# Fubini's Theorem

## Theorem

Let $\struct {X, \Sigma_X, \mu}$ and $\struct {Y, \Sigma_Y, \nu}$ be $\sigma$-finite measure spaces.

Let $\struct {X \times Y, \Sigma_X \otimes \Sigma_Y, \mu \times \nu}$ be the product measure space of $\struct {X, \Sigma_X, \mu}$ and $\struct {Y, \Sigma_Y, \nu}$.

Let $f: X \times Y \to \overline \R$ be a $\mu \times \nu$-integrable function.

Define a function $I_f : X \to \R$ by:

$\ds \map {I_f} x = \begin{cases}\ds \int_Y f_x \rd \nu & \text {if } f_x \text { is } \nu\text{-integrable} \\ 0 & \text{otherwise}\end{cases}$

for each $x \in X$.

Define a function $J_f : Y \to \R$ by:

$\ds \map {J_f} y = \begin{cases}\ds \int_X f^y \rd \mu & \text {if } f^y \text { is } \mu\text{-integrable} \\ 0 & \text{otherwise}\end{cases}$

for each $y \in Y$.

Then:

$I_f$ is $\mu$-integrable and $J_f$ is $\nu$-integrable

and:

$\ds \int_{X \times Y} f \map \rd {\mu \times \nu} = \int_X I_f \rd \mu = \int_Y J_f \rd \nu$

## Proof

Since $f$ is $\mu \times \nu$-integrable, we have:

$\ds \int_{X \times Y} f \map \rd {\mu \times \nu} = \int_{X \times Y} f^+ \map \rd {\mu \times \nu} - \int_{X \times Y} f^- \map \rd {\mu \times \nu}$

### Lemma

$I_f$ is $\Sigma_X$-measurable

and:

$J_f$ is $\Sigma_Y$-measurable.

$\Box$

We first aim to show that:

$\ds \int_{X \times Y} f^+ \map \rd {\mu \times \nu} - \int_{X \times Y} f^- \map \rd {\mu \times \nu} = \int_X I_f \rd \mu$

From Tonelli's Theorem, we have:

$\ds \int_{X \times Y} f^+ \map \rd {\mu \times \nu} = \int_X \paren {\int_Y \paren {f^+}_x \rd \nu} \rd \mu$
$\paren {f^+}_x = \paren {f_x}^+$

and so:

$\ds \int_X \paren {\int_Y \paren {f^+}_x \rd \nu} \rd \mu = \int_X \paren {\int_Y \paren {f_x}^+ \rd \nu} \rd \mu$

From Tonelli's Theorem, we also obtain:

$\ds \int_{X \times Y} f^- \map \rd {\mu \times \nu} = \int_X \paren {\int_Y \paren {f^-}_x \rd \nu} \rd \mu$
$\paren {f^-}_x = \paren {f_x}^-$

and so:

$\ds \int_X \paren {\int_Y \paren {f^-}_x \rd \nu} \rd \mu = \int_X \paren {\int_Y \paren {f_x}^- \rd \nu} \rd \mu$

We therefore have:

$\ds \int_{X \times Y} f^+ \map \rd {\mu \times \nu} - \int_{X \times Y} f^- \map \rd {\mu \times \nu} = \int_X \paren {\int_Y \paren {f_x}^+ \rd \nu} \rd \mu - \int_X \paren {\int_Y \paren {f_x}^- \rd \nu} \rd \mu$
$f_x$ is $\nu$-integrable for $\mu$-almost all $x \in X$.

That is:

there exists a $\mu$-null set $N_1 \subseteq X$ such that whenever $f_x$ is not $\nu$-integrable, $x \in N_1$.

To rewrite this in terms of $I_f$, we pass the $\mu$-integral to an $\mu$-integral over $X \setminus N_1$.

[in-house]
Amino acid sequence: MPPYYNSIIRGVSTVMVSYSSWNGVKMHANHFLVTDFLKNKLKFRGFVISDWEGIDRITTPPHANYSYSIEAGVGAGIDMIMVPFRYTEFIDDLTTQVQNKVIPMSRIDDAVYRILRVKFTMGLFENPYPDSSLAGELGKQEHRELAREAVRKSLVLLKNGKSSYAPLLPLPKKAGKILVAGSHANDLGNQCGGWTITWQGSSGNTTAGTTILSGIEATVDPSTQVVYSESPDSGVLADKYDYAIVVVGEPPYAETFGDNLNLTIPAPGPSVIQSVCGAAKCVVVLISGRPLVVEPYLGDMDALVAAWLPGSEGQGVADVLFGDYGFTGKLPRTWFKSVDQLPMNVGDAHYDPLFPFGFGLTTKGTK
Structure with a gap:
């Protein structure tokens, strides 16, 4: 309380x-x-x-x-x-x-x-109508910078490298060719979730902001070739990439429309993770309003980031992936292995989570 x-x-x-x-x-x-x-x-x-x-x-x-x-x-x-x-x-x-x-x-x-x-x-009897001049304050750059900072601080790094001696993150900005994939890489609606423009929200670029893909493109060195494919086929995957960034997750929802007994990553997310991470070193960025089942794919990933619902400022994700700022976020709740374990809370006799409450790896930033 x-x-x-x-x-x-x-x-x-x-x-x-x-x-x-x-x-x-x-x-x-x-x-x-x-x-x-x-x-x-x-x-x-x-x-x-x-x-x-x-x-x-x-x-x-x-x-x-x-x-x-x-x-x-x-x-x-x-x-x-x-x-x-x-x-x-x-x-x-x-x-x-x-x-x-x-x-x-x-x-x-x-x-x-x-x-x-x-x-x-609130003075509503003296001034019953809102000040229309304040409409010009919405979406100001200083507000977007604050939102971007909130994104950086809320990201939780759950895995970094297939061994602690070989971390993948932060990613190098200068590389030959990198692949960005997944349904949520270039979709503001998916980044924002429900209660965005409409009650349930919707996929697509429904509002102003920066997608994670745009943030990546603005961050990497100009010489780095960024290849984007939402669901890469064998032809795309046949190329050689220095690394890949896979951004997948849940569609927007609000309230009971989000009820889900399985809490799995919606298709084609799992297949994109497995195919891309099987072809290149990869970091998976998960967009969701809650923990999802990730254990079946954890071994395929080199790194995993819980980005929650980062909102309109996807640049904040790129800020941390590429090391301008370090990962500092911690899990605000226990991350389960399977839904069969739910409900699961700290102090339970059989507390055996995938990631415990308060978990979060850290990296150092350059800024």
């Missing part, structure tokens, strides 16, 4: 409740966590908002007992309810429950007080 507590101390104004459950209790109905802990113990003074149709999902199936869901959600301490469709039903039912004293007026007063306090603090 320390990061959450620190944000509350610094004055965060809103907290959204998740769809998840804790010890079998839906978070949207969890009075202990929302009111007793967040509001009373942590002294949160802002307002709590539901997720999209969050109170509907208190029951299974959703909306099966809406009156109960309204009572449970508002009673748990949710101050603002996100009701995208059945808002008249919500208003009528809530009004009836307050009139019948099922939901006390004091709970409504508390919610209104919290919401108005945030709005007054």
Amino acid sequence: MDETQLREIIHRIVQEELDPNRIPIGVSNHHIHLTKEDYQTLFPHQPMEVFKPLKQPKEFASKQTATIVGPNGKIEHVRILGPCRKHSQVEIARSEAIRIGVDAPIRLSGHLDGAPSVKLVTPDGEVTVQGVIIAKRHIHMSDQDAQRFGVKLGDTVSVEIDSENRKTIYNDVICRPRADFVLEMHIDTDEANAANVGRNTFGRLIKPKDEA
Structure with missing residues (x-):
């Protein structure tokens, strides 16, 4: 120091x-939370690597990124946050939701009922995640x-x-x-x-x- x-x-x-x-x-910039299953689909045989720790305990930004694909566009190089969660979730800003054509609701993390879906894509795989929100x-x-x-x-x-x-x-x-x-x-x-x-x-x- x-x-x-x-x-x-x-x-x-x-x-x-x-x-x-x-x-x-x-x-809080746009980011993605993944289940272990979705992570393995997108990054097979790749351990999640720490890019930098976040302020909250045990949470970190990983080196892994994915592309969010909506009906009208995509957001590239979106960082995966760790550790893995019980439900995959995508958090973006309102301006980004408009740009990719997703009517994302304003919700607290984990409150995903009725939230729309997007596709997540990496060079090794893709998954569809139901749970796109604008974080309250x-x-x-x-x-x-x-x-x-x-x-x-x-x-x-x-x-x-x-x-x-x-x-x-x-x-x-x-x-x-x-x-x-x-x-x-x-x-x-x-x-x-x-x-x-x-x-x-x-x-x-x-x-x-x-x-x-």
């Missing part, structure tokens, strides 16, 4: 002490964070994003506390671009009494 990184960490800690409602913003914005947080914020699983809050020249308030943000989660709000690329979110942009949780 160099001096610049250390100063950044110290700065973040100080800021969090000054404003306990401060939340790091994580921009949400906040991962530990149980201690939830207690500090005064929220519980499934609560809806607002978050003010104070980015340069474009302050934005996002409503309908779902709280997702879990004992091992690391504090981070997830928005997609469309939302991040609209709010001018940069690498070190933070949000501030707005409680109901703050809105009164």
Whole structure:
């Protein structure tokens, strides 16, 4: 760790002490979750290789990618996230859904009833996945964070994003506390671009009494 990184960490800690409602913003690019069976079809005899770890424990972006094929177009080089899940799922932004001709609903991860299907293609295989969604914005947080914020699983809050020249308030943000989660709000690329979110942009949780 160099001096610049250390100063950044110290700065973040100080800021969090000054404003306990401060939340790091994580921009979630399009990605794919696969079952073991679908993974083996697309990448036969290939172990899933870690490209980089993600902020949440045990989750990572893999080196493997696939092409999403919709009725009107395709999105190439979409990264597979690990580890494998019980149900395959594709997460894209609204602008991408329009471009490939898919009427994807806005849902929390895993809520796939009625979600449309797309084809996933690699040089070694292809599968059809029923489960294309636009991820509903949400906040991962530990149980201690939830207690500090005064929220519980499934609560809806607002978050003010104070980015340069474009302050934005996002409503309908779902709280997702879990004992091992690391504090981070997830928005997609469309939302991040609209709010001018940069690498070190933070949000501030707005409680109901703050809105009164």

Since $\sigma$-algebras are closed under relative complement, we have:

$X \setminus N_1$ is $\Sigma_X$-measurable.

From Characteristic Function Measurable iff Set Measurable, we have:

$1_{X \setminus N_1}$ is $\Sigma_X$-measurable.

so:

$\ds \paren {\int_Y \paren {f_x}^+ \rd \nu} \times 1_{X \setminus N_1}$ is $\Sigma_X$-measurable

and:

$\ds \paren {\int_Y \paren {f_x}^- \rd \nu} \times 1_{X \setminus N_1}$ is $\Sigma_X$-measurable.
$1_{X \setminus N_1} = 1$ $\mu$-almost everywhere.

So, from Pointwise Multiplication preserves A.E. Equality, we have:

$\ds \paren {\int_Y \paren {f_x}^+ \rd \nu} \times 1_{X \setminus N_1} = \int_Y \paren {f_x}^+ \rd \nu$ $\mu$-almost everywhere

and:

$\ds \paren {\int_Y \paren {f_x}^- \rd \nu} \times 1_{X \setminus N_1} = \int_Y \paren {f_x}^- \rd \nu$ $\mu$-almost everywhere.
$\ds \int_X \paren {\int_Y \paren {f_x}^+ \rd \nu} \rd \mu = \int_X 1_{X \setminus N_1} \paren {\int_Y \paren {f_x}^+ \rd \nu} \rd \mu$

and:

$\ds \int_X \paren {\int_Y \paren {f_x}^- \rd \nu} \rd \mu = \int_X 1_{X \setminus N_1} \paren {\int_Y \paren {f_x}^- \rd \nu} \rd \mu$

From the definition of the $\mu$-integral of an integrable function over a $\Sigma_X$-measurable set, we have:

$\ds \int_X 1_{X \setminus N_1} \paren {\int_Y \paren {f_x}^+ \rd \nu} \rd \mu = \int_{X \setminus N_1} \paren {\int_Y \paren {f_x}^+ \rd \nu} \rd \mu$

and:

$\ds \int_X 1_{X \setminus N_1} \paren {\int_Y \paren {f_x}^- \rd \nu} \rd \mu = \int_{X \setminus N_1} \paren {\int_Y \paren {f_x}^- \rd \nu} \rd \mu$

We then have:

 $\ds \int_{X \times Y} f^+ \map \rd {\mu \times \nu} - \int_{X \times Y} f^- \map \rd {\mu \times \nu}$ $=$ $\ds \int_{X \setminus N_1} \paren {\int_Y \paren {f_x}^+ \rd \nu} \rd \mu - \int_{X \setminus N_1} \paren {\int_Y \paren {f_x}^- \rd \nu} \rd \mu$ $\ds$ $=$ $\ds \int_{X \setminus N_1} \paren {\int_Y \paren {f_x}^+ \rd \nu - \int_Y \paren {f_x}^- \rd \nu} \rd \mu$ Integral of Integrable Function is Additive: Corollary 2 $\ds$ $=$ $\ds \int_{X \setminus N_1} I_f \rd \mu$ $\ds$ $=$ $\ds \int \paren {I_f \times \chi_{X \setminus N_1} } \rd \mu$ Definition of Integral of Positive Measurable Function over Measurable Set